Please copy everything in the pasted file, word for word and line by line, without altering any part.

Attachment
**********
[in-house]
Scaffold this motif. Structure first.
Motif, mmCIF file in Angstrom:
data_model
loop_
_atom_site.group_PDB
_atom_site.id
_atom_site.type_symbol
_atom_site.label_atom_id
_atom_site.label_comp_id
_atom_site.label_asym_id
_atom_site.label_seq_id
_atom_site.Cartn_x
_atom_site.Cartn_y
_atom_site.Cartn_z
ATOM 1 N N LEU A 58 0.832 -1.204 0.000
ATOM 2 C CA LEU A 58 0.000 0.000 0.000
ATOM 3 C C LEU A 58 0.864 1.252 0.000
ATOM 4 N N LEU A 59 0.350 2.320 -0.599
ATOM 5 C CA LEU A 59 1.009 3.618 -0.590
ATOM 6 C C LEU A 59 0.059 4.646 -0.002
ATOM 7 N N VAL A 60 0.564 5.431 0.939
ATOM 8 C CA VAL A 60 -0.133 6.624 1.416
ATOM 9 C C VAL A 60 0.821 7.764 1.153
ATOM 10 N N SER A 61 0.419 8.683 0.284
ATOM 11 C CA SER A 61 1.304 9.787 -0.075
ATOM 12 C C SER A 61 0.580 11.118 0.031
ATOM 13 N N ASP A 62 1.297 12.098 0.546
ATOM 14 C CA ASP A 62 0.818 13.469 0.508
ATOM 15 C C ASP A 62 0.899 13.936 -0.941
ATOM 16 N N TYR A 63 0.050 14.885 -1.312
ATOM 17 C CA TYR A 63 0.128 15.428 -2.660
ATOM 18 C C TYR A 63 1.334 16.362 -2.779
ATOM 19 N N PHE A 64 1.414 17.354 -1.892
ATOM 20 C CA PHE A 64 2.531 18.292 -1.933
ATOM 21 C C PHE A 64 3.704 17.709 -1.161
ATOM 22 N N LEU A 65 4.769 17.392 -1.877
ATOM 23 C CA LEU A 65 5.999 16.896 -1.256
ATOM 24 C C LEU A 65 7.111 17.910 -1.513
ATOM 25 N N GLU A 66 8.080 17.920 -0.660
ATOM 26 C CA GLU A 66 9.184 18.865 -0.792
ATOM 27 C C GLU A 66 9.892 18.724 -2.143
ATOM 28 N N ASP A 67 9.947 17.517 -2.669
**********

[in-house]
Scaffold this motif. Structure first.
Motif, mmCIF file in Angstrom:
data_model
loop_
_atom_site.group_PDB
_atom_site.id
_atom_site.type_symbol
_atom_site.label_atom_id
_atom_site.label_comp_id
_atom_site.label_asym_id
_atom_site.label_seq_id
_atom_site.Cartn_x
_atom_site.Cartn_y
_atom_site.Cartn_z
ATOM 1 N N LEU A 58 0.832 -1.204 0.000
ATOM 2 C CA LEU A 58 0.000 0.000 0.000
ATOM 3 C C LEU A 58 0.864 1.252 0.000
ATOM 4 N N LEU A 59 0.350 2.320 -0.599
ATOM 5 C CA LEU A 59 1.009 3.618 -0.590
ATOM 6 C C LEU A 59 0.059 4.646 -0.002
ATOM 7 N N VAL A 60 0.564 5.431 0.939
ATOM 8 C CA VAL A 60 -0.133 6.624 1.416
ATOM 9 C C VAL A 60 0.821 7.764 1.153
ATOM 10 N N SER A 61 0.419 8.683 0.284
ATOM 11 C CA SER A 61 1.304 9.787 -0.075
ATOM 12 C C SER A 61 0.580 11.118 0.031
ATOM 13 N N ASP A 62 1.297 12.098 0.546
ATOM 14 C CA ASP A 62 0.818 13.469 0.508
ATOM 15 C C ASP A 62 0.899 13.936 -0.941
ATOM 16 N N TYR A 63 0.050 14.885 -1.312
ATOM 17 C CA TYR A 63 0.128 15.428 -2.660
ATOM 18 C C TYR A 63 1.334 16.362 -2.779
ATOM 19 N N PHE A 64 1.414 17.354 -1.892
ATOM 20 C CA PHE A 64 2.531 18.292 -1.933
ATOM 21 C C PHE A 64 3.704 17.709 -1.161
ATOM 22 N N LEU A 65 4.769 17.392 -1.877
ATOM 23 C CA LEU A 65 5.999 16.896 -1.256
ATOM 24 C C LEU A 65 7.111 17.910 -1.513
ATOM 25 N N GLU A 66 8.080 17.920 -0.660
ATOM 26 C CA GLU A 66 9.184 18.865 -0.792
ATOM 27 C C GLU A 66 9.892 18.724 -2.143
ATOM 28 N N ASP A 67 9.947 17.517 -2.669